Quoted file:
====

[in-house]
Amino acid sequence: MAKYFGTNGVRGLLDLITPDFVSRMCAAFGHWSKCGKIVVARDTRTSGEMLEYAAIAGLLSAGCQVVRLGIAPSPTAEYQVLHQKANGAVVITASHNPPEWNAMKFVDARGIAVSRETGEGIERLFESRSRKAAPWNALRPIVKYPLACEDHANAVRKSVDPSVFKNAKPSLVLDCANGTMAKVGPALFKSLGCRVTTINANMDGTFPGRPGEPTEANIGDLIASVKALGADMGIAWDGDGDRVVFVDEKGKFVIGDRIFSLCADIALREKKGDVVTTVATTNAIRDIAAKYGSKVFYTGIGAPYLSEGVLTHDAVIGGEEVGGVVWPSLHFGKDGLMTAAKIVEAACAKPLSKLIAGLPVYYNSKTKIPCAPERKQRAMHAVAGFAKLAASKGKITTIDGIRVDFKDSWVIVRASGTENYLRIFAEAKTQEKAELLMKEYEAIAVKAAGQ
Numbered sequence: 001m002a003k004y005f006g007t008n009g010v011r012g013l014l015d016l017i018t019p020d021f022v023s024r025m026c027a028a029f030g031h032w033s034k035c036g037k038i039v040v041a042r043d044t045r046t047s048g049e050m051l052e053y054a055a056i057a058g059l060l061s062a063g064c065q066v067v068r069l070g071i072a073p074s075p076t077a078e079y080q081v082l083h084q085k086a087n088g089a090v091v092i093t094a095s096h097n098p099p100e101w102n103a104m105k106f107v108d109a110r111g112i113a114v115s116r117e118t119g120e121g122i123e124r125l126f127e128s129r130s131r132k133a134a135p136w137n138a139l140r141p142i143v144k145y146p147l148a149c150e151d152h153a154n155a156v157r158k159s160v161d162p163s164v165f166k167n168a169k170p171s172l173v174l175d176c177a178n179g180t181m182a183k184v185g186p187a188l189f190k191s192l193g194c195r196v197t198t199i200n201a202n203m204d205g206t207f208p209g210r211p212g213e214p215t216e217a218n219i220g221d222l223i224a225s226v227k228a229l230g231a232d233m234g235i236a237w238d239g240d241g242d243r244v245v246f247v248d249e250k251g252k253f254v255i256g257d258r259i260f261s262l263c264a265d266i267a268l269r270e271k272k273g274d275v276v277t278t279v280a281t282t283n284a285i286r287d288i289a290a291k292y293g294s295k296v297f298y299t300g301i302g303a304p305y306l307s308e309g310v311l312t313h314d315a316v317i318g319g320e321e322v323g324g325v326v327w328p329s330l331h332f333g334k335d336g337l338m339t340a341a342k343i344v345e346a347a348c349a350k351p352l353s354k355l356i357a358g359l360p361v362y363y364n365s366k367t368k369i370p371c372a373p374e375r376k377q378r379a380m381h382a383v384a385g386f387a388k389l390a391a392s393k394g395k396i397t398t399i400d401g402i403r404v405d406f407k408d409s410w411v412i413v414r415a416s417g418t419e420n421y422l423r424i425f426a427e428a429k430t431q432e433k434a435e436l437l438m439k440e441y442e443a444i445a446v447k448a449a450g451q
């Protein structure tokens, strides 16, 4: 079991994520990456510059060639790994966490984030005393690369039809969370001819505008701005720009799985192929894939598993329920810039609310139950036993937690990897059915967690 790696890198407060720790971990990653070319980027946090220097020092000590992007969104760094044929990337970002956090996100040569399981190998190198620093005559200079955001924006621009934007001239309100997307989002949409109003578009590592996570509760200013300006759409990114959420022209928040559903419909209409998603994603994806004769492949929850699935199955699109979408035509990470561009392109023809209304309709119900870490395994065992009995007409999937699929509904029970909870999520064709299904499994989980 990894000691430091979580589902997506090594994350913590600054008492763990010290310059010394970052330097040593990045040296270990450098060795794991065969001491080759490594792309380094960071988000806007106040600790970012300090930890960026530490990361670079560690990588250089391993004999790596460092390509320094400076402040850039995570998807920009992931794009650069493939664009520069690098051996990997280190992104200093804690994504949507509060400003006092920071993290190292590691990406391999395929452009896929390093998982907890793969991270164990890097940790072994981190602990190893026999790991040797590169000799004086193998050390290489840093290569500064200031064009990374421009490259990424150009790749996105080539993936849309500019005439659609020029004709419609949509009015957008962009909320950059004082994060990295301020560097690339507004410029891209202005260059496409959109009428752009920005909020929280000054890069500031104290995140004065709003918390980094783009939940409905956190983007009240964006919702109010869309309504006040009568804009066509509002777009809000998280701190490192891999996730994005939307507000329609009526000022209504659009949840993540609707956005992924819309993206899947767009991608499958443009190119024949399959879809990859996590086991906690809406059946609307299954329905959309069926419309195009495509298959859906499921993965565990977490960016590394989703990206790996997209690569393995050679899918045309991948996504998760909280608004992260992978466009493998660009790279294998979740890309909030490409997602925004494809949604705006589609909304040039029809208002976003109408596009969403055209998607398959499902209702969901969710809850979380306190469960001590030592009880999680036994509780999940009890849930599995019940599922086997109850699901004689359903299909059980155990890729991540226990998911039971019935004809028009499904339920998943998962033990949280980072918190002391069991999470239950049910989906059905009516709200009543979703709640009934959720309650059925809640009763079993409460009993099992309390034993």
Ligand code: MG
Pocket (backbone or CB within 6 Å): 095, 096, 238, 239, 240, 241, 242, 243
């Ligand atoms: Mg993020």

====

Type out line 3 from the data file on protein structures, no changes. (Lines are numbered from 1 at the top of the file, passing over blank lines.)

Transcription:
Numbered sequence: 001m002a003k004y005f006g007t008n009g010v011r012g013l014l015d016l017i018t019p020d021f022v023s024r025m026c027a028a029f030g031h032w033s034k035c036g037k038i039v040v041a042r043d044t045r046t047s048g049e050m051l052e053y054a055a056i057a058g059l060l061s062a063g064c065q066v067v068r069l070g071i072a073p074s075p076t077a078e079y080q081v082l083h084q085k086a087n088g089a090v091v092i093t094a095s096h097n098p099p100e101w102n103a104m105k106f107v108d109a110r111g112i113a114v115s116r117e118t119g120e121g122i123e124r125l126f127e128s129r130s131r132k133a134a135p136w137n138a139l140r141p142i143v144k145y146p147l148a149c150e151d152h153a154n155a156v157r158k159s160v161d162p163s164v165f166k167n168a169k170p171s172l173v174l175d176c177a178n179g180t181m182a183k184v185g186p187a188l189f190k191s192l193g194c195r196v197t198t199i200n201a202n203m204d205g206t207f208p209g210r211p212g213e214p215t216e217a218n219i220g221d222l223i224a225s226v227k228a229l230g231a232d233m234g235i236a237w238d239g240d241g242d243r244v245v246f247v248d249e250k251g252k253f254v255i256g257d258r259i260f261s262l263c264a265d266i267a268l269r270e271k272k273g274d275v276v277t278t279v280a281t282t283n284a285i286r287d288i289a290a291k292y293g294s295k296v297f298y299t300g301i302g303a304p305y306l307s308e309g310v311l312t313h314d315a316v317i318g319g320e321e322v323g324g325v326v327w328p329s330l331h332f333g334k335d336g337l338m339t340a341a342k343i344v345e346a347a348c349a350k351p352l353s354k355l356i357a358g359l360p361v362y363y364n365s366k367t368k369i370p371c372a373p374e375r376k377q378r379a380m381h382a383v384a385g386f387a388k389l390a391a392s393k394g395k396i397t398t399i400d401g402i403r404v405d406f407k408d409s410w411v412i413v414r415a416s417g418t419e420n421y422l423r424i425f426a427e428a429k430t431q432e433k434a435e436l437l438m439k440e441y442e443a444i445a446v447k448a449a450g451q